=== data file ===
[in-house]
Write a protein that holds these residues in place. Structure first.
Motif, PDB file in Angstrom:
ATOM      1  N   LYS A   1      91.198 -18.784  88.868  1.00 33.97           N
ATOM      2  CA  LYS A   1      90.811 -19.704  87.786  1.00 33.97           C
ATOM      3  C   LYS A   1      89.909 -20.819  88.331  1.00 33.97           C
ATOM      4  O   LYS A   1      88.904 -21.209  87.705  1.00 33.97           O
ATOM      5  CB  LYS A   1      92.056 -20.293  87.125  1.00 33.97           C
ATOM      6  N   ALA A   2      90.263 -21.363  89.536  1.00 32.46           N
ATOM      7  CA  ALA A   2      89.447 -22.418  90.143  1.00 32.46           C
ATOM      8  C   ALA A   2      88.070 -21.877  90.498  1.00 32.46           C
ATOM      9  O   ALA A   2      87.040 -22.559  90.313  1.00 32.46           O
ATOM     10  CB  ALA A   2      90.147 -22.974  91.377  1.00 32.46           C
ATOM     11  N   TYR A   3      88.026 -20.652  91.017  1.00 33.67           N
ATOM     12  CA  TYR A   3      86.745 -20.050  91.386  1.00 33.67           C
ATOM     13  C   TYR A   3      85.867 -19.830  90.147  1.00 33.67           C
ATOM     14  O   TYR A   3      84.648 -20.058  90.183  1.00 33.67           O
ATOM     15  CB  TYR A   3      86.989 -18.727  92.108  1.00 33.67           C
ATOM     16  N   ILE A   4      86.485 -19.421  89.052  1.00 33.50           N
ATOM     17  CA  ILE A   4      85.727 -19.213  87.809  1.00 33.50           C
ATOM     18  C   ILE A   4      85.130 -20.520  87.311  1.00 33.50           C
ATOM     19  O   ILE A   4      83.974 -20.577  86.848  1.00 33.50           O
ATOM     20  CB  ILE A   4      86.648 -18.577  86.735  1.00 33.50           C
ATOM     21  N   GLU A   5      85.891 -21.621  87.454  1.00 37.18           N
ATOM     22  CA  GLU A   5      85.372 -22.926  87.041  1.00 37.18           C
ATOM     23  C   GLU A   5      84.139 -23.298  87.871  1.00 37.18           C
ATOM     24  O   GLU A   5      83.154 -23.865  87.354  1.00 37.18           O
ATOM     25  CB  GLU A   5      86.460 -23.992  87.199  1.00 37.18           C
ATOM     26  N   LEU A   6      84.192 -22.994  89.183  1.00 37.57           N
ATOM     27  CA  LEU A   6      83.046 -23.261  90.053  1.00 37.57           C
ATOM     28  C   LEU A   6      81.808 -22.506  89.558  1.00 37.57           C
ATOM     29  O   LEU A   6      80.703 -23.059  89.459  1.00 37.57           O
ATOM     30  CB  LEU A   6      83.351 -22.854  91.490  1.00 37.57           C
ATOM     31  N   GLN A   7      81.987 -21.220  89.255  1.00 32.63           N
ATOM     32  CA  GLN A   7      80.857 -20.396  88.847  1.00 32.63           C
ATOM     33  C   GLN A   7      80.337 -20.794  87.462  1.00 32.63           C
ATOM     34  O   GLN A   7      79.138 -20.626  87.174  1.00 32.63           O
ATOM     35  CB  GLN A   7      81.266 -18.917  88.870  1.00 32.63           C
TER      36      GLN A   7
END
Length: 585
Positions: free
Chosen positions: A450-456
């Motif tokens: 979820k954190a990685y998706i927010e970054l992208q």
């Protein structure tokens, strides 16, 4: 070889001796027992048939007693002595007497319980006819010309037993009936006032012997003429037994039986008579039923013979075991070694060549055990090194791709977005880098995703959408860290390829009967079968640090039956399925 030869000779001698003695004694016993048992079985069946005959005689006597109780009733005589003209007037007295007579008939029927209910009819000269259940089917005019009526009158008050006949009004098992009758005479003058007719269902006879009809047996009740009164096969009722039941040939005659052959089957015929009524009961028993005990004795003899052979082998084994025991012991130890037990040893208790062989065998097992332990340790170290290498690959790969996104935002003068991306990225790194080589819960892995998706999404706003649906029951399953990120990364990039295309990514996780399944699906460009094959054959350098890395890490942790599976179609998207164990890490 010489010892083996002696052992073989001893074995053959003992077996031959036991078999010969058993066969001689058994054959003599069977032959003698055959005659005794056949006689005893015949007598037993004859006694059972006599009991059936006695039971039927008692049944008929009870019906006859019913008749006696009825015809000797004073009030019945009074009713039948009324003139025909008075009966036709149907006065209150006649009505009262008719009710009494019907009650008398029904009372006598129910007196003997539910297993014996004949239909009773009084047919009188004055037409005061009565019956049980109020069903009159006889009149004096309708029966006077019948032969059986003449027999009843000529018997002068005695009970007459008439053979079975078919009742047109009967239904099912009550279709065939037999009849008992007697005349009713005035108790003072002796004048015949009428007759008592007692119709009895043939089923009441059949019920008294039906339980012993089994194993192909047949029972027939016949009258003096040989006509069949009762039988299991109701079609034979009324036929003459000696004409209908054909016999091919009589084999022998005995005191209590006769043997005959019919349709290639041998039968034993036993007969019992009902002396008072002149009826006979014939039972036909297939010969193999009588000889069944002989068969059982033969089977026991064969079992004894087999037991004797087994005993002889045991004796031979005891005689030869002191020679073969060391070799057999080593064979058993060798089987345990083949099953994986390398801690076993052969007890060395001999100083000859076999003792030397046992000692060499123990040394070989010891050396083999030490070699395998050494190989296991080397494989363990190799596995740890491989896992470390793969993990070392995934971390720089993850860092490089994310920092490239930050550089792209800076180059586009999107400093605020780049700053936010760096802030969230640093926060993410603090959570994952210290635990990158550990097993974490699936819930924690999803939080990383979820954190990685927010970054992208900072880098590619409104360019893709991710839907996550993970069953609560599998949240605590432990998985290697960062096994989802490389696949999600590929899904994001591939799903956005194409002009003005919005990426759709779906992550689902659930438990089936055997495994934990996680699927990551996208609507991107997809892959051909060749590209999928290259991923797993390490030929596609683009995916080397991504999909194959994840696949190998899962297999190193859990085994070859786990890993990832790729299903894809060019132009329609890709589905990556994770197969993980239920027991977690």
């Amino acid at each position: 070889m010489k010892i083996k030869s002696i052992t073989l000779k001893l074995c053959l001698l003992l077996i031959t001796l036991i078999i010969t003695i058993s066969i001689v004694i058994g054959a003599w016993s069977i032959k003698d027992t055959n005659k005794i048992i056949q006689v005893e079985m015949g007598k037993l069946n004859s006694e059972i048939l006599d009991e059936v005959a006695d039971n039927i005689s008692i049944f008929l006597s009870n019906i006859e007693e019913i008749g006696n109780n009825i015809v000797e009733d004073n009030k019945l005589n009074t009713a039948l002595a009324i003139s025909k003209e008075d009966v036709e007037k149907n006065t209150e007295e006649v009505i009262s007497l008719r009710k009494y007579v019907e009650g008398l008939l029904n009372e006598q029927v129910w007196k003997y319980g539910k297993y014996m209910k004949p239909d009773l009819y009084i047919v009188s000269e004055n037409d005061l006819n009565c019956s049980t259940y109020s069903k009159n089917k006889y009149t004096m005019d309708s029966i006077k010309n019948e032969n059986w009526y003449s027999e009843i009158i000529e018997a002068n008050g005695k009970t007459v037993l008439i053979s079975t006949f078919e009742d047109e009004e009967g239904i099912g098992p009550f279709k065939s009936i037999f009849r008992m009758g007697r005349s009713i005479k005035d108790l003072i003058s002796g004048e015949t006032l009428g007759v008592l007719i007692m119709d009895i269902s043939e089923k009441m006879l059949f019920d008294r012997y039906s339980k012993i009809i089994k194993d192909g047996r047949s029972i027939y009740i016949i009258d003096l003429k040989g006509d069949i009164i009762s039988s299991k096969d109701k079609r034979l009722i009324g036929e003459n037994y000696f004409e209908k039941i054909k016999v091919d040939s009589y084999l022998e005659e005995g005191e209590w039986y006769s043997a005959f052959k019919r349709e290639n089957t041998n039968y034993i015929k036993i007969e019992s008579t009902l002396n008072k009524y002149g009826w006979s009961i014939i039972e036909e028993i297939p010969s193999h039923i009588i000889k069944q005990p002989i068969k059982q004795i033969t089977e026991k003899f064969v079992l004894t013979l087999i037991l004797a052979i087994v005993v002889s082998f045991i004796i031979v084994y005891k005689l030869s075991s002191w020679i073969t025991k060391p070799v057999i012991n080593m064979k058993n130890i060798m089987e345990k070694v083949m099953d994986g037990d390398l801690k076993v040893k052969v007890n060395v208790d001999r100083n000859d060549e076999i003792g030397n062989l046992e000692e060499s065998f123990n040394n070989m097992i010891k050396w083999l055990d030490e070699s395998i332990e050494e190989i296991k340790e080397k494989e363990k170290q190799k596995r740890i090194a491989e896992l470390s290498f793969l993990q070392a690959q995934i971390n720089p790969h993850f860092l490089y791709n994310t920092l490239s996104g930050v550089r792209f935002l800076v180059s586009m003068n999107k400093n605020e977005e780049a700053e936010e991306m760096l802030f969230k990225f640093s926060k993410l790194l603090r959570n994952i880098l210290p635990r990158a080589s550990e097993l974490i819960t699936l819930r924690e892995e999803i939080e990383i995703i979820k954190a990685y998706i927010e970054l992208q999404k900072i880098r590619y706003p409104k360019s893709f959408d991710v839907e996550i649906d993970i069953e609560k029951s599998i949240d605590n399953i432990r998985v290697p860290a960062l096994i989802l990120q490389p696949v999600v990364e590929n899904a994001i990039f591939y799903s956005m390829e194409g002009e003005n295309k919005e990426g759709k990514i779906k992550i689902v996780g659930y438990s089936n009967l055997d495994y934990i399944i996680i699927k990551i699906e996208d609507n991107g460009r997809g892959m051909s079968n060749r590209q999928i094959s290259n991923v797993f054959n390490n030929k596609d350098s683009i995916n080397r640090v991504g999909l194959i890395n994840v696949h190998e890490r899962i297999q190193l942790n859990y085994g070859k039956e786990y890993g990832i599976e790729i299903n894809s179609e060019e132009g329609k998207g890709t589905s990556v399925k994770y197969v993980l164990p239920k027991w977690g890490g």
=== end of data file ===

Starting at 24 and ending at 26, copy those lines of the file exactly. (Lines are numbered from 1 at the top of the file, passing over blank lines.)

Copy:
ATOM     21  N   GLU A   5      85.891 -21.621  87.454  1.00 37.18           N
ATOM     22  CA  GLU A   5      85.372 -22.926  87.041  1.00 37.18           C
ATOM     23  C   GLU A   5      84.139 -23.298  87.871  1.00 37.18           C